Recipe for a debt crisis.
By Don Quijones, Spain & Mexico, editor at WOLF STREET.
In the emerging markets, private-sector debt has become a doozie: In 2014, EM non-financial corporate debt reached a record high of 83% of GDP, up from 67% in 2009. The problem is that part of this debt is denominated in a foreign currency.
Between 2015 and 2017, some $645 billion of non-financial corporate debt will mature in emerging markets, with USD-denominated bonds accounting for around $108 billion, warns the Institute of International Finance. And with non-performing loans already rising while the dollar strengthens, some EM banks, particularly those that have increased their foreign-currency lending, could face serious challenges.
The countries that have seen the largest increases in non-financial corporate indebtedness are China, Brazil, and Turkey. But Mexico is not far behind. According to a new report in El Financiero, in the first half of 2015 the total debt of a sample of 50 publicly listed companies had risen 22% year-over-year.
The main reason? The peso’s decline against the dollar. In the last year alone, the Mexican peso has lost 21% of its value against the dollar. Corporations can borrow more cheaply in dollars. But as the peso falls against the dollar, the dollar-denominated debt held by Mexican corporations with peso-denominated operating income becomes increasingly difficult to service. A recipe for a debt crisis.
A Debt Binge
The Mexican companies most affected include América Móvil (AMóvil), Axtel, Alfa, TV Azteca and ICA, all of which have a large portion of their debt denominated in dollars. According to financial analyst Carlos Ponce, this debt can be expected to continue growing – and not just as a result of the strengthening dollar:
We are still in a context of exceptionally low interest rates and it’s likely that many companies have decided to take advantage of this by applying for more debt with favorable conditions.
In the second quarter of 2015, the debt in dollar terms of América Móvil and Axtel exploded by 37% and 48% respectively. In the case of Alfa, TV Azteca and ICA it grew by 29%, 32%, and 20% respectively. Other companies also increased their debt.
Over the last five years, the external debt held by Mexico’s private businesses (in pesos) has increased by 86%. In nominal terms, the total amount has reached 1.69 trillion pesos (roughly $105 billion), 117% more than at the beginning of 2010. And if anything, the pace is quickening as fears rise that the Federal Reserve may raise rates in September.
It’s an ironic twist: out of fear that the Fed may be about to take away the ZIRP punch bowl, some of Mexico’s biggest corporations are embarking on one last dollar borrowing binge.
For some of those companies it could be a bender to end all benders, as the Swiss-based Bank of International Settlements cautions. In a report ominously titled “When the Financial Becomes Real,” the BIS notes that the external debt in Mexico is the fourth highest of 17 emerging economies. The three economies ahead of Mexico are Chile, Malaysia and Peru.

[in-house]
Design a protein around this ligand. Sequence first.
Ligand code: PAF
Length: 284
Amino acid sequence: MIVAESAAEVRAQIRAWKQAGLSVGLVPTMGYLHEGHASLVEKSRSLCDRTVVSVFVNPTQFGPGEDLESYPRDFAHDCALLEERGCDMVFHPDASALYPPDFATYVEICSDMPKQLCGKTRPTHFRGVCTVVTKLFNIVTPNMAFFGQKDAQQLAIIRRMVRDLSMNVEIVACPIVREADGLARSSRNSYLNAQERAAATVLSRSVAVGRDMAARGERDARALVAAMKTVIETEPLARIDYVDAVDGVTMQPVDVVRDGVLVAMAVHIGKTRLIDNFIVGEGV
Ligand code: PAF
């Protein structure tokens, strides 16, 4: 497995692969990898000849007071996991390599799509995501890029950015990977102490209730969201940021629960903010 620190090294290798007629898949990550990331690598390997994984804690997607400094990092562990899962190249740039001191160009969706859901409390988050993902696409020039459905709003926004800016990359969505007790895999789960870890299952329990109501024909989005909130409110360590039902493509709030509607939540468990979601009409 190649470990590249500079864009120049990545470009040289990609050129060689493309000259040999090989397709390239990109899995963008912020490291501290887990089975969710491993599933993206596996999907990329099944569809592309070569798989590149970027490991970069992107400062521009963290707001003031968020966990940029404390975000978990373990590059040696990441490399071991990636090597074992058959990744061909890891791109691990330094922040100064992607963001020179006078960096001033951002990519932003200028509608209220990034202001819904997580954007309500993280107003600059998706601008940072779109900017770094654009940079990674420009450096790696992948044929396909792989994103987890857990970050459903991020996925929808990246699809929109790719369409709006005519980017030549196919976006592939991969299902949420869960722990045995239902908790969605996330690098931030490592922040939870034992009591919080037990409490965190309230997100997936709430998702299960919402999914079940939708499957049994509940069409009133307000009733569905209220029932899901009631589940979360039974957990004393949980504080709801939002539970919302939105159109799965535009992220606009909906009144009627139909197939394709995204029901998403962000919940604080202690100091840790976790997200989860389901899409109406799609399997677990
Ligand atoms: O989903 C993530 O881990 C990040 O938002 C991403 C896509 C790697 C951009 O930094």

Yet more worrisome is the report’s warning that the mobilization of international reserves to cover “imbalances” (i.e. liquidity shortfalls) in the financing of the private sector is “limited”. Put another way, the unlimited assistance that U.S. and European banks and corporations enjoyed during the first leg of the Global Financial Crisis will not (indeed cannot) be extended to the banks and corporations of emerging economies like Mexico.
The size of the Bank of Mexico’s arsenal to deal with dollar-based debt problems pales in comparison with that of the Fed. It can’t print dollars. It has to use foreign exchange reserves. Like Chile and South Africa, it has only between 10% and 20% of its GDP in foreign exchange reserves. It can print pesos all it wants to, but that won’t solve a dollar debt crisis.
The unraveling of Mexico’s bloated corporate debt is just one of a number of risks posed by a rising dollar. Arguably the greatest threat is a dramatic reversal of foreign investment flows.
Since the Fed alighted on its madcap scheme to flood the global economy with cheap, easy-come-easy-go dollars, high-yield seeking “hot money” has poured into emerging markets. Much of it ended up in Mexico, one of comparatively few Latin American economies to have completely liberalized its financial sector and whose currency is now the eighth most traded on the planet. In other words, it’s a trader’s paradise.
If the Fed were to do the previously unthinkable and begin raising interest rates, it would significantly temper investor appetite for risky emerging market assets. Just as happened in the 1994 Tequila Crisis, footloose “hot money” would flee countries like Mexico in pursuit of rising U.S interest rates.
In its so-called Article IV consultation with Mexican authorities, the IMF warned that “a surge in financial market volatility, triggered for example by a disorderly normalization of U.S. monetary policy, could lead to a reversal of capital flows and an increase in risk premia.”
If that were to happen, the consequences would be dire, not only for Mexico — a country that has already witnessed its fair share of debt crises — but for the broader Latin American economy. And just like the Latin American crises of 1982 and the mid-nineties, the fallout could even spread northward. Only this time, the amounts would be vastly larger, and the consequences bigger. By Don Quijones, Raging Bull-Shit.
“Everyone got used to playing with free, easy money. Now it’s going to cost us.” Read… Mexican Peso Dives, Fretting Begins About Peso Crisis